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Wednesday, November 01, 2006

Poll: Young Voters Could Turn Out In Record Numbers

A new national poll by Harvard University's Institute of Politics (IOP), located at the John F. Kennedy School of Government, finds nearly a third (32 percent) of 18 to 24 year olds "definitely" plan on voting in the upcoming midterm elections, a proportion that will likely amount to the highest turnout percentage for this age group in any midterm election in the last 20 years.

The poll also finds that young people continue to disapprove of the job George W. Bush is doing as president, with the president averaging a grade of "C-" on seven key issues facing America, with the lowest mark coming on his handling of the war in Iraq (D-plus)

Finally, 18-24 year olds seem to favor a swapping of majority parties in Congress, as a majority of likely voters (52 percent) said they favor a Congress controlled by Democrats following the November elections.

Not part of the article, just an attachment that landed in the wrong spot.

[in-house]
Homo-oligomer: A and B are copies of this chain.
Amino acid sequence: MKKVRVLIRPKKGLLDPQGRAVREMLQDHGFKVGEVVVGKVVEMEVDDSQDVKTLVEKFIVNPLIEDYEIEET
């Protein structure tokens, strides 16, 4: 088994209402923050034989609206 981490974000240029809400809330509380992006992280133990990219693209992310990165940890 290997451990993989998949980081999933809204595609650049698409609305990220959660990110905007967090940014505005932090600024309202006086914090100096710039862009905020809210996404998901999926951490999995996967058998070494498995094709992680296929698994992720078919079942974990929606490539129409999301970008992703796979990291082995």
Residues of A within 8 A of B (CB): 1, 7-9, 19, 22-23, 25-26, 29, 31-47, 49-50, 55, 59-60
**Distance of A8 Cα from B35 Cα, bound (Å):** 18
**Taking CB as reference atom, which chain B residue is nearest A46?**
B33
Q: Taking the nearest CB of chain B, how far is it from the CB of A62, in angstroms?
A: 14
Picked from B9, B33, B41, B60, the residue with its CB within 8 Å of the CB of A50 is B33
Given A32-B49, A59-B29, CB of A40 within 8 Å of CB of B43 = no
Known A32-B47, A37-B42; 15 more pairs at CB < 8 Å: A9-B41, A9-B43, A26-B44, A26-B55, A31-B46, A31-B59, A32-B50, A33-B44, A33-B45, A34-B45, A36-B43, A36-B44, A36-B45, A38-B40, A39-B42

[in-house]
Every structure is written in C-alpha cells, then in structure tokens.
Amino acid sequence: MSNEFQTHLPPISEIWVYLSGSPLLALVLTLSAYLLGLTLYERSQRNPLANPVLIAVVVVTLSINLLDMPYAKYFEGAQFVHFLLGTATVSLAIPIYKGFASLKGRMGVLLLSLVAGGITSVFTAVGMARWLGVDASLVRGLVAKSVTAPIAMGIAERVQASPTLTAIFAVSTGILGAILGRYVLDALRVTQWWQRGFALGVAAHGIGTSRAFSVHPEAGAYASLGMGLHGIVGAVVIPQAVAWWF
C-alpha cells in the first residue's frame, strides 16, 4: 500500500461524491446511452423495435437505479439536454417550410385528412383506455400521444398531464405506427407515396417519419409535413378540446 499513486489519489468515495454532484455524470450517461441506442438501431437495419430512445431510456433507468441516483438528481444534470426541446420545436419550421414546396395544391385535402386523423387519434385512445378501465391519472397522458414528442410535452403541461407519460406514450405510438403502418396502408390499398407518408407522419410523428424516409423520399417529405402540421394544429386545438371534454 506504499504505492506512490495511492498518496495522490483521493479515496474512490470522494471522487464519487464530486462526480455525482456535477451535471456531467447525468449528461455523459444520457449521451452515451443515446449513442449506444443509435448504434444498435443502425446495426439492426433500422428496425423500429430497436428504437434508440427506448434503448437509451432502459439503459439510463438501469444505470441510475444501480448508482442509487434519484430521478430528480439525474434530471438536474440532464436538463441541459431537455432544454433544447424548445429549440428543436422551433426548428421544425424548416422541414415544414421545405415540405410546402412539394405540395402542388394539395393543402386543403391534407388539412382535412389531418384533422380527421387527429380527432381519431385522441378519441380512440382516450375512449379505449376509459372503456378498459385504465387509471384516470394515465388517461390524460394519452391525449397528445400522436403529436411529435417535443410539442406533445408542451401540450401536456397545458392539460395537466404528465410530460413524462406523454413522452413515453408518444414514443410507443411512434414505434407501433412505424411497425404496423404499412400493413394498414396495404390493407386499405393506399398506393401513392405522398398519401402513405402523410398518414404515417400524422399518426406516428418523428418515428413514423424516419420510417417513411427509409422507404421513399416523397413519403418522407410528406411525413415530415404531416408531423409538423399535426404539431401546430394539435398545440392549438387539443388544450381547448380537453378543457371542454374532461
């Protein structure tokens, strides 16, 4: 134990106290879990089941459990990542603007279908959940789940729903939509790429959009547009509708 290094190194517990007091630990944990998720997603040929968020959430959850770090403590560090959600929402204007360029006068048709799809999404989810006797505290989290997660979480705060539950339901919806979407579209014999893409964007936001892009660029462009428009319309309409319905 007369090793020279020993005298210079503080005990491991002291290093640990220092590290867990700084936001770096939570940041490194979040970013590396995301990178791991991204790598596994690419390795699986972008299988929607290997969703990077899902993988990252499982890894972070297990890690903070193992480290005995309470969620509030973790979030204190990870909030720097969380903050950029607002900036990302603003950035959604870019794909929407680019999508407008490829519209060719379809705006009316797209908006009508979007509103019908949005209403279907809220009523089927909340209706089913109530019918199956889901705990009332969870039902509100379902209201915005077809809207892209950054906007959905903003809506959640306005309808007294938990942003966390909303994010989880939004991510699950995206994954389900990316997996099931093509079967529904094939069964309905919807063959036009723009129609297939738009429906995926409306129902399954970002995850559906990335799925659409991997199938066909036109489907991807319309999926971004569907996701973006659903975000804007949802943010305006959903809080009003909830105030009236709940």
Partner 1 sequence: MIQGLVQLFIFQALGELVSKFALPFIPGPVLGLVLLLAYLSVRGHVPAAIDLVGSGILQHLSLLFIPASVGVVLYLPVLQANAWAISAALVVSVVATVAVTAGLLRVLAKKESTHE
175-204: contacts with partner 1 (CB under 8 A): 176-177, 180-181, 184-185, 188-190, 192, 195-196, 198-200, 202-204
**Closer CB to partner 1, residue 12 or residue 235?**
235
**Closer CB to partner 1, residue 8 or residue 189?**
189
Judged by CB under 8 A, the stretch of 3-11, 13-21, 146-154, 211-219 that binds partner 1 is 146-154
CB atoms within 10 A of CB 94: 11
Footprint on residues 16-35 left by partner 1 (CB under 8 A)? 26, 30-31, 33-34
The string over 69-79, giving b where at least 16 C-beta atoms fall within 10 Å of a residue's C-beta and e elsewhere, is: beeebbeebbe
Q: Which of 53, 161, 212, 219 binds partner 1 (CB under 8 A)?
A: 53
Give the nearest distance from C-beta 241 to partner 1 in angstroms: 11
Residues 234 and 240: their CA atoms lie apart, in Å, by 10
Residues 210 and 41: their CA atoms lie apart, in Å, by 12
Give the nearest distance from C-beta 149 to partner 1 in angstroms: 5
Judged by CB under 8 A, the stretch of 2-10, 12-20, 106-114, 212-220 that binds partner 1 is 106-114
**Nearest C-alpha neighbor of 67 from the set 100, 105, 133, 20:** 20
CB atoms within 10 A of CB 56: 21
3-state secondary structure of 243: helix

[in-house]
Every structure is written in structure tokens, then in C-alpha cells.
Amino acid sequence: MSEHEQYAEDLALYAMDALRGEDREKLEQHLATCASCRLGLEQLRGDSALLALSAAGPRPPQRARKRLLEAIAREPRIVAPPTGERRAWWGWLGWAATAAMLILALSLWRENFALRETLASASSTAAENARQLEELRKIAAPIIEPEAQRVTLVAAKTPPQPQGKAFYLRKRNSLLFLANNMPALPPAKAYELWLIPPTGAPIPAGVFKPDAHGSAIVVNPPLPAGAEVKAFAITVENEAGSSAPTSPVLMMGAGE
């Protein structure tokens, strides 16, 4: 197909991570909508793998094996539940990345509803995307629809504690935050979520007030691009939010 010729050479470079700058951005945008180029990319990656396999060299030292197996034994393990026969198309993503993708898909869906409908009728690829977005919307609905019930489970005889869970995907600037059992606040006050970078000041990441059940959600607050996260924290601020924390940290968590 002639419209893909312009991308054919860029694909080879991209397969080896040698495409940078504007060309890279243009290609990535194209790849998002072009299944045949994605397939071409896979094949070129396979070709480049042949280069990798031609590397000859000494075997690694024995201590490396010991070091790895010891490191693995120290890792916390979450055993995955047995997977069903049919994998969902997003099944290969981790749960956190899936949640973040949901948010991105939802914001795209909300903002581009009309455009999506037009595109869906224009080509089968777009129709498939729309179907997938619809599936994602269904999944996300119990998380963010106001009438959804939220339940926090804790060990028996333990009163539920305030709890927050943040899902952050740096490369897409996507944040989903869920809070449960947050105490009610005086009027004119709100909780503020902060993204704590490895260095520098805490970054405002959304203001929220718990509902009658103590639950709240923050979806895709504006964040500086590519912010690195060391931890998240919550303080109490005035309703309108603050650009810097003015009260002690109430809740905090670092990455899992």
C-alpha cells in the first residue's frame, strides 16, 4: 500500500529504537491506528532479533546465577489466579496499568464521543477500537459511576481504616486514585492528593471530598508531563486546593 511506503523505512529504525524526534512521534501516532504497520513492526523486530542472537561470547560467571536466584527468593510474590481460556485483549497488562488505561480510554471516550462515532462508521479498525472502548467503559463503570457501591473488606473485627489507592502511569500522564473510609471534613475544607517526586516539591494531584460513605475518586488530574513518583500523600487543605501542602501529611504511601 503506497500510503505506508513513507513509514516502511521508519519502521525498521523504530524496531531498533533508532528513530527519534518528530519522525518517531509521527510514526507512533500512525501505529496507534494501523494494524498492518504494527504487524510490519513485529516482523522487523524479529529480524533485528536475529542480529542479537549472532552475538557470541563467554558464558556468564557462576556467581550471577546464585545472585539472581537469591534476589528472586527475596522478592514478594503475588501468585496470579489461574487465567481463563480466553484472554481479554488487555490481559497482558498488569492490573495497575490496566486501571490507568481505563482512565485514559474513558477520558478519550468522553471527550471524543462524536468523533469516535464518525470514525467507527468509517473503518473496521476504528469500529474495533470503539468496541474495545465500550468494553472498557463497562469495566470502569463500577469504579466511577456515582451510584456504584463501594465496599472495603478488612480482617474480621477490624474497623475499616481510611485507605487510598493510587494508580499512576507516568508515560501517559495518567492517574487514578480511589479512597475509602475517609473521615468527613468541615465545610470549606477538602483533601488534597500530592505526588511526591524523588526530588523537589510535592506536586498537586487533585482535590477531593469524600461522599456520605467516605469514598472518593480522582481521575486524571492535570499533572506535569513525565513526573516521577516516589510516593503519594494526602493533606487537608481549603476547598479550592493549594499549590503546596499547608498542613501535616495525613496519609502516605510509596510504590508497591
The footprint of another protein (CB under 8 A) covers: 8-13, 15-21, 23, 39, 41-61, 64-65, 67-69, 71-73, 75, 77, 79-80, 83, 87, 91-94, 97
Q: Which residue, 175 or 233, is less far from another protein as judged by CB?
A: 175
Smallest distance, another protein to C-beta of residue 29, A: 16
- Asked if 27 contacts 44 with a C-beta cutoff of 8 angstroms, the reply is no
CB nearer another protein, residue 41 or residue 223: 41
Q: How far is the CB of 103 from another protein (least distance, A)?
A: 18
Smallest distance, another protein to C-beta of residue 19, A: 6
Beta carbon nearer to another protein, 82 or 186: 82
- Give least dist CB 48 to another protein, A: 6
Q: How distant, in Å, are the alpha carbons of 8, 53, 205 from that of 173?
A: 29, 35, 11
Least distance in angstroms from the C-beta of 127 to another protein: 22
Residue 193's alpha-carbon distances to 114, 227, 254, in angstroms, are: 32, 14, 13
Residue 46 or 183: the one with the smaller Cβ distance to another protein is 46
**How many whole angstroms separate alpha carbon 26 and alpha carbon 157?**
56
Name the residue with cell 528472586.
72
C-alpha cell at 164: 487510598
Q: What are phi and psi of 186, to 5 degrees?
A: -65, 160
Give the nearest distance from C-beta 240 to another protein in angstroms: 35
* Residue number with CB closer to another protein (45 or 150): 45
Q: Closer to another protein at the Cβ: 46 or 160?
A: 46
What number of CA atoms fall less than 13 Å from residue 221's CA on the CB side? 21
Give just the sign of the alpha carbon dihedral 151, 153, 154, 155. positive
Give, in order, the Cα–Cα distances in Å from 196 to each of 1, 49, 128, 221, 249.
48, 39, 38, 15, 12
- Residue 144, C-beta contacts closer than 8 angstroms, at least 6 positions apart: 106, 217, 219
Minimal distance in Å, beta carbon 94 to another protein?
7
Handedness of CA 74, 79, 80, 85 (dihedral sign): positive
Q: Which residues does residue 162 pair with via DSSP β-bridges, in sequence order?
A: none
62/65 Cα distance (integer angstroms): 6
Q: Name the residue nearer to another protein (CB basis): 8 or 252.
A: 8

The IOP has been conducting regular polling of America's college students for six years highlighting key trends and issues related to politics and public service. For the first time, this fall's IOP poll has been expanded to look at the political views of all 18-24 year olds, whether or not they are attending a four-year college or university, providing an even more comprehensive look at a demographic critical to the outcome of the 2006 and 2008 elections.

"Voter turnout by young people approached record numbers in 2004 and our polling shows 18-24 year olds are engaged and ready to show up again in 2006," said Harvard's Institute of Politics Director Jeanne Shaheen. "Younger voters could make the difference in campaigns across the country -- political parties and candidates can't afford to ignore them."

The online survey of 2,546 18- 24-year-old U.S. citizens was conducted between Oct. 4 and Oct. 16.

The IOP's mission is to unite and engage students, particularly undergraduates, with academics, politicians, activists and policymakers on a non-partisan basis and to stimulate and nurture their interest in public service and leadership. The institute strives to promote greater understanding and cooperation between the academic world and the world of politics and public affairs.

More information is available online at


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